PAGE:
7. In a small saucepan, heat the 2 tbsp sugar, 1 tsp powdered agar and 2/3 cup water on low-medium heat. Bring it to a boil to make a syrup and simmer for about a minute, whisking occasionally. By the way, powdered agar is a gelatin substitute that helps the glaze set and keeps it from sweating. I found it at my neighborhood Asian market, Ranch 99, but if you don't have the luxury of an Asian market nearby, just order it online.
  8. Flip on the mixer to medium, pour the sugar and agar syrup into the powdered sugar and company and blend until smooth, scraping down the sides of the bowl to get all the sugar incorporated.
  9. Fill a medium saucepan with about 2" of water and heat it on the stove to an easy simmer. Remove your mixer bowl from the mixer and just plop the whole bowl in the water like a double boiler. If the glaze cools down below 88° F, the agar will set. No biggie, you just have to reheat and give it a good stir, but keeping it in the simmering water bath ensures that the glaze stays warm and liquidy and ready to go for glazing time.
  10. Now you can roll out your dough and start cutting some rings and holes! Roll to 1/2" thick and go to town with your 2.5" cutter. Place each ring and hole on a parchment-lined cookie sheet and set them on deck to be fried.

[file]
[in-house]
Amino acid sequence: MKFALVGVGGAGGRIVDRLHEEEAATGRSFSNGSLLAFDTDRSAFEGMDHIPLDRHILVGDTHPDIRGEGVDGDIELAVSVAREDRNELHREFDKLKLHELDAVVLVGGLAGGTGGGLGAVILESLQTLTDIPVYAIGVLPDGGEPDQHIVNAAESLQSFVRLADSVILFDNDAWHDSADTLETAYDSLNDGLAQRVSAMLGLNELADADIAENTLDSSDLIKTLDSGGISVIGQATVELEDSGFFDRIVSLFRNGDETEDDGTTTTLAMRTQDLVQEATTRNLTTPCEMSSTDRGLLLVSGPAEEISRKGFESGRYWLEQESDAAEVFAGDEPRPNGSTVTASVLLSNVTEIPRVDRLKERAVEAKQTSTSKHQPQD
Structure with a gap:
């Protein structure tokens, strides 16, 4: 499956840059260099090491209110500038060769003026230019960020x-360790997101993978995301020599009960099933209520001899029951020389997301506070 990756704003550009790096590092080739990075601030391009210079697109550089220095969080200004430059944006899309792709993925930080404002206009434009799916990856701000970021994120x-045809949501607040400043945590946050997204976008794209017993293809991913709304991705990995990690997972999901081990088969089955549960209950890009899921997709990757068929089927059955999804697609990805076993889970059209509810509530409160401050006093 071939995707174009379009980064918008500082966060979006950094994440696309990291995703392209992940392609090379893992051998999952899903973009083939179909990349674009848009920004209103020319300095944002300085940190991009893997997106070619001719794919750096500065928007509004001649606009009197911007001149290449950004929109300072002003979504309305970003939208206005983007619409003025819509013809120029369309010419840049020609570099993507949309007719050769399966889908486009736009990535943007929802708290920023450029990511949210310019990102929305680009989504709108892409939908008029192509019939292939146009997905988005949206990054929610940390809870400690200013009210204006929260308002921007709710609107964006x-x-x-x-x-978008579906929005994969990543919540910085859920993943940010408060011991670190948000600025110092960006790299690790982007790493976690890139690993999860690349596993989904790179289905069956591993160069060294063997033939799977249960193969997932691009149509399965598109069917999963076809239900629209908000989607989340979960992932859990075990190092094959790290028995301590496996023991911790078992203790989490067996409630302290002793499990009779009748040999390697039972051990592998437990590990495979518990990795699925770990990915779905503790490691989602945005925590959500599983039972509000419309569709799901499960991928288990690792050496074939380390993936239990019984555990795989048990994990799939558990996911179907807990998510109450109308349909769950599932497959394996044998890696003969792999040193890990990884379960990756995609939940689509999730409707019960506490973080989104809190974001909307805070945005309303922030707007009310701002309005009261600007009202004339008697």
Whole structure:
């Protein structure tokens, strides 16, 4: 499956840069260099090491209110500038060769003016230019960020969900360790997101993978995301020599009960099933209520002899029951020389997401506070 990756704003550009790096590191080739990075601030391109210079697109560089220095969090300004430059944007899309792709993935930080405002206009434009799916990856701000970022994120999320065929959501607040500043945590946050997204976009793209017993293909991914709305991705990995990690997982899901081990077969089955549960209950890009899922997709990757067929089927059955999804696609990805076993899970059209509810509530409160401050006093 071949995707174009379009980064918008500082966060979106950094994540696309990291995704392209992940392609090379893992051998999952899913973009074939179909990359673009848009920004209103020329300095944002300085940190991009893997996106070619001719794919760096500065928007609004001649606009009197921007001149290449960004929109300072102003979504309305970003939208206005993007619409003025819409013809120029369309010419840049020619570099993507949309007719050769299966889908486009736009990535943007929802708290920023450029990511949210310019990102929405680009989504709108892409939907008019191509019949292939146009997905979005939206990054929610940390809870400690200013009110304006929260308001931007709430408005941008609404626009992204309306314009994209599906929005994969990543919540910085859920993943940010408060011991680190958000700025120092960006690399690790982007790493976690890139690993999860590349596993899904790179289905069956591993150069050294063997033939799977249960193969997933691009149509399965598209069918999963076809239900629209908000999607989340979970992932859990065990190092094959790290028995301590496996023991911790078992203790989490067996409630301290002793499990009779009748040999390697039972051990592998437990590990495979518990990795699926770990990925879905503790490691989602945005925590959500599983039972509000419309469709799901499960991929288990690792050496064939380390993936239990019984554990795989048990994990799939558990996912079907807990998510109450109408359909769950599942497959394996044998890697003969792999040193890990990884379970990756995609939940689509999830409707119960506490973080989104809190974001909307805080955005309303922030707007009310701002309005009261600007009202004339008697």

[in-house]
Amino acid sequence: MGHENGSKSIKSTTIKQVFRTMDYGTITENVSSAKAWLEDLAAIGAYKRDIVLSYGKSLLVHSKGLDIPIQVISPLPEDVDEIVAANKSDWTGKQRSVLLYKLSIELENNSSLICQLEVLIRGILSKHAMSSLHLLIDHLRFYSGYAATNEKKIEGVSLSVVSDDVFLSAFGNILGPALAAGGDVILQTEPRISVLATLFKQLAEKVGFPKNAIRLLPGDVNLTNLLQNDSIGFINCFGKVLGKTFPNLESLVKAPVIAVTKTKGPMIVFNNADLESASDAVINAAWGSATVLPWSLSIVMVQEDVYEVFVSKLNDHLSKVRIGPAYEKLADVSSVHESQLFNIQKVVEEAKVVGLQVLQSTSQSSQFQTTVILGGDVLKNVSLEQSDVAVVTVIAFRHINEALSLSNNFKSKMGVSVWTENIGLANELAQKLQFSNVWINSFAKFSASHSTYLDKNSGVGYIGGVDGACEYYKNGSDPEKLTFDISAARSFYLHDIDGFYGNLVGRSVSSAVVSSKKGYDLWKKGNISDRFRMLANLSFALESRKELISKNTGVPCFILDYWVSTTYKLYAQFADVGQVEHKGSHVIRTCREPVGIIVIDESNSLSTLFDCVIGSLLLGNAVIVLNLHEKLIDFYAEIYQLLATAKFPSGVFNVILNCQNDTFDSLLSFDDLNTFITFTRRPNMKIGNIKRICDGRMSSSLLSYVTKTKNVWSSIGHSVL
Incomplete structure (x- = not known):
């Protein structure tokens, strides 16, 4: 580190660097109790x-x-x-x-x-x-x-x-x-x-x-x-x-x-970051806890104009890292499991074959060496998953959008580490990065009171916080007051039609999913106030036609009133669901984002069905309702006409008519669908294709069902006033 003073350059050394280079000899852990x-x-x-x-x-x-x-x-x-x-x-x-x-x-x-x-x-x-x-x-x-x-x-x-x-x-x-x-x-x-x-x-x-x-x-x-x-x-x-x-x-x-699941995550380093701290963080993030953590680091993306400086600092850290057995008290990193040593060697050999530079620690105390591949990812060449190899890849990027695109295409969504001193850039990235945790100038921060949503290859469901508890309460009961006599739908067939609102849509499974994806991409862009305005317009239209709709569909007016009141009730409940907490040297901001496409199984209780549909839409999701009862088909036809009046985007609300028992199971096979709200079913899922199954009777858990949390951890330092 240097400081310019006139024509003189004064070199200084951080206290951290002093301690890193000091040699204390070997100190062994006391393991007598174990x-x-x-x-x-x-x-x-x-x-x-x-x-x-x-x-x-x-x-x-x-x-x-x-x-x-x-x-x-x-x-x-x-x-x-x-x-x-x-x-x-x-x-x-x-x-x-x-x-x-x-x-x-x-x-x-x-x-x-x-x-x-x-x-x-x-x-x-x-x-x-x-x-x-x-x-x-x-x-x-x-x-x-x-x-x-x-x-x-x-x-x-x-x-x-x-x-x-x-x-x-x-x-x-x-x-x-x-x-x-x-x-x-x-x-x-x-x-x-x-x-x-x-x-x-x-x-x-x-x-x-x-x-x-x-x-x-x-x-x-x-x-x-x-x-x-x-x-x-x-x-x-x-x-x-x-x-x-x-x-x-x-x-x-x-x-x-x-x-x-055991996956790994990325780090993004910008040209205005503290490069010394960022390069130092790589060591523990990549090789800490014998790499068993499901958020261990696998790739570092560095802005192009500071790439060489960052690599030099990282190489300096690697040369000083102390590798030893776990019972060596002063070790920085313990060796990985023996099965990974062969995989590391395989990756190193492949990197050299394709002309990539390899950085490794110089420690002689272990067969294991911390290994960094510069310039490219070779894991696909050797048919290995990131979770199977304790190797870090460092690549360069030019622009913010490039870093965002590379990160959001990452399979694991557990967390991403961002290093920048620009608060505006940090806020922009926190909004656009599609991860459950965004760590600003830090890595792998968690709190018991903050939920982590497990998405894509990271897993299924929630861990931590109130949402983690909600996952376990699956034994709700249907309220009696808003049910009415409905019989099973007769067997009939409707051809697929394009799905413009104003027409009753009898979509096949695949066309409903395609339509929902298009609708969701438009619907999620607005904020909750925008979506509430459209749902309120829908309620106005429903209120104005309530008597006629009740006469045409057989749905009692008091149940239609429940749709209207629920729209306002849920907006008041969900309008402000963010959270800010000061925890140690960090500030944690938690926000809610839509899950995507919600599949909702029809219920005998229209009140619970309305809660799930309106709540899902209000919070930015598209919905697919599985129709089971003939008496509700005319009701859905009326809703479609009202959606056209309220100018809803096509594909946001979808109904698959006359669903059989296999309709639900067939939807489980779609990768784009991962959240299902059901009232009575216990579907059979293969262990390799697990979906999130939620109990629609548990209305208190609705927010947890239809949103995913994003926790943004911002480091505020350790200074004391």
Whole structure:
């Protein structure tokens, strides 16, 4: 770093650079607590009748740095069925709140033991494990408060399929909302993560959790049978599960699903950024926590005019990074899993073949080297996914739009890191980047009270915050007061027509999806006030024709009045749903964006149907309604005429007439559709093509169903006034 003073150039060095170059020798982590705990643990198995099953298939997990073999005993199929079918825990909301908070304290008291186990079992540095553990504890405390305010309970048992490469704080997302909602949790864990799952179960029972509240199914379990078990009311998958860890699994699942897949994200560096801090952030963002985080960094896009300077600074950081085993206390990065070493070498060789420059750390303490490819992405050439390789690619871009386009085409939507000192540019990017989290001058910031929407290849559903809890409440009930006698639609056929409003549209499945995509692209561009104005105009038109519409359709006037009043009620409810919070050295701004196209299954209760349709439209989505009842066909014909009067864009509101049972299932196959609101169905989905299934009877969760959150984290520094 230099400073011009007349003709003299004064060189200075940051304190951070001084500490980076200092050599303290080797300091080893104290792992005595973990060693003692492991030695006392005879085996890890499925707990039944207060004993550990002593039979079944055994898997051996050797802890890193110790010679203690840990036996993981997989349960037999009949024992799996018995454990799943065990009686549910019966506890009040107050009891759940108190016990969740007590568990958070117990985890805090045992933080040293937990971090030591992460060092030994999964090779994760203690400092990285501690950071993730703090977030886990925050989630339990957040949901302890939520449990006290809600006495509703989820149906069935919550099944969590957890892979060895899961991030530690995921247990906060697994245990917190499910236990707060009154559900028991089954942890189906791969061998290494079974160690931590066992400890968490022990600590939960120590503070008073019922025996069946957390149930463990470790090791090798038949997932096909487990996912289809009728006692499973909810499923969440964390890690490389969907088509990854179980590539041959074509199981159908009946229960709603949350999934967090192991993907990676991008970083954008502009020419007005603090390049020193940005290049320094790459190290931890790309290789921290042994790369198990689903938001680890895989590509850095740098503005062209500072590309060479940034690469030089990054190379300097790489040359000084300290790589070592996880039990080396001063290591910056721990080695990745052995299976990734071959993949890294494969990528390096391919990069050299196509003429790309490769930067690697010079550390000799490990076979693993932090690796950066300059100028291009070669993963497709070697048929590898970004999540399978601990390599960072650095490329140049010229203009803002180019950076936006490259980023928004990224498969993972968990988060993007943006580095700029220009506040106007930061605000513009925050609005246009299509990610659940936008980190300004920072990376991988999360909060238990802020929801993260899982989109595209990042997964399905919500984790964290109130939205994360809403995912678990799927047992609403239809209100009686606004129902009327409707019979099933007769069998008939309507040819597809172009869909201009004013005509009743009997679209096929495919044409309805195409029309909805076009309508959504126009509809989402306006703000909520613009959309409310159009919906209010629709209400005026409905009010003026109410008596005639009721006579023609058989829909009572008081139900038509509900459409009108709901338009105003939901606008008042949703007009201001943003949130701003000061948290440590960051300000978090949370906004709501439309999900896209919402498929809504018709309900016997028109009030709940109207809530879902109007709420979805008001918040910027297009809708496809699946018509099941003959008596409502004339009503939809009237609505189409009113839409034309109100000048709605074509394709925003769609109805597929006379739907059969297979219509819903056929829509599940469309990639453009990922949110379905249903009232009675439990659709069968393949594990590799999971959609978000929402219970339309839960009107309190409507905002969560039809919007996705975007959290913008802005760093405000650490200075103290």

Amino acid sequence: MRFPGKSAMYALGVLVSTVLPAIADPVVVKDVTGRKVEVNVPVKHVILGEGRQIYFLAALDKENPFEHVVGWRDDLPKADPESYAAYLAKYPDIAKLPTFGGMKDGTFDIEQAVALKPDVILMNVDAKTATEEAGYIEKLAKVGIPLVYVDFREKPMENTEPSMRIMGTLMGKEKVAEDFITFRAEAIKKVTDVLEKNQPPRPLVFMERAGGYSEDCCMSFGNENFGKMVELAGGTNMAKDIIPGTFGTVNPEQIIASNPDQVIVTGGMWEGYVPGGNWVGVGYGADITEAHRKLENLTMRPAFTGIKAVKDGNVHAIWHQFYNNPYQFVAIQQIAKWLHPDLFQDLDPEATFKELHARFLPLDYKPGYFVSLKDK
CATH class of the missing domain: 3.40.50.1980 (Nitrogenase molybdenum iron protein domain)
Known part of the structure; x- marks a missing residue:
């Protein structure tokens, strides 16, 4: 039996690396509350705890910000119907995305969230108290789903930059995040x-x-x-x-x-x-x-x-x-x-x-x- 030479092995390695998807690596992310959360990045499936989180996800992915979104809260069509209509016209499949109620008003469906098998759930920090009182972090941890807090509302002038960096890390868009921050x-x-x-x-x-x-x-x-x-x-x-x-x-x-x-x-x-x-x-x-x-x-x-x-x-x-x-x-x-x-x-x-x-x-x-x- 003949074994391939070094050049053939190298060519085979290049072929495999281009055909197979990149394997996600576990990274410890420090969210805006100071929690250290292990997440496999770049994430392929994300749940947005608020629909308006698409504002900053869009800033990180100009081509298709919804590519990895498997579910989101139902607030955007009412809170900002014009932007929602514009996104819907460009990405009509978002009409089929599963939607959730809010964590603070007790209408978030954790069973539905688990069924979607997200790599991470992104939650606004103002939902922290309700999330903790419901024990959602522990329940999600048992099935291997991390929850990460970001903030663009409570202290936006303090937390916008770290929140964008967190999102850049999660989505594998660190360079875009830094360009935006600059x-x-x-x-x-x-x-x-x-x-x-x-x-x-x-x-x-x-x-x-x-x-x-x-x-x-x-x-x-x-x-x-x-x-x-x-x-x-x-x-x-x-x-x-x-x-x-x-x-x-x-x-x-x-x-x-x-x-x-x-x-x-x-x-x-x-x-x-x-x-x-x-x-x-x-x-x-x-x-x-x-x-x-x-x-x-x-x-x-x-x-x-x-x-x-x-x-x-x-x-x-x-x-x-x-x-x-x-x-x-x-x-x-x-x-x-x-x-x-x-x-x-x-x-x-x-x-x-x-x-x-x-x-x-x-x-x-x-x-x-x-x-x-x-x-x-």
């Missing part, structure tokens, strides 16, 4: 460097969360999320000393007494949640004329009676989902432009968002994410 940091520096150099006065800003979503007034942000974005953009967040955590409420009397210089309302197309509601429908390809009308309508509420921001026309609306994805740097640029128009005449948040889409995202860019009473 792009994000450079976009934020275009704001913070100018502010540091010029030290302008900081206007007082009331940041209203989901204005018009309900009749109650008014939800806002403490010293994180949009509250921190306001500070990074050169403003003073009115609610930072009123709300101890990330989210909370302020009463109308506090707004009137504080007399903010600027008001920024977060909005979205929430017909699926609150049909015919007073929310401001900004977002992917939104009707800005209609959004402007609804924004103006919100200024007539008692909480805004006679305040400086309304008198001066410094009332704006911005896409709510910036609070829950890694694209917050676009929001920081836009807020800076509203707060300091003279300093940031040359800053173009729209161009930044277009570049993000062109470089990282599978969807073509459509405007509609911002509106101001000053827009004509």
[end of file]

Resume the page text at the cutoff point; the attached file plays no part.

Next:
11. Lug out your big stock pot and fill it 2” deep with canola oil, turn the heat on to medium, stick in a thermometer and wait for the oil to heat up to 325° F. Unload your dishwasher or do some other multi-tasking that keeps you in the kitchen so you can check the oil temperature frequently...not a good idea to muti-task elsewhere because it increases your chances of forgetting about the hot oil as you chat with your neighbor on a dog-walk about the annoying construction on the street and burn your house down. That will eventually create more construction on the street and your neighbor with be annoyed with you too...and it would be really lame to burn your house down.
  12. Once your oil reaches 325° F, it's fry time! Using a metal spatula, lower each ring into the hot oil. The donuts will sink to the bottom at first, then pop up to the top. Cook them for 40 seconds then flip, cook the other side for 40 seconds then flip again. On the second flip, you should start to see some crackage and that's great! Fry until the donuts are golden brown and then transfer to a wire rack.
  13. Glaze the donuts while they are still warm by dipping them split-side down in the warm glaze. Turn them back over and let them cool completely on a wire rack. Use enough glaze to fill the splits and cracks and drip down the sides. And that's it! You did it! :D


  1. These look awesome, I can't wait to try them! Thanks for the recipe : )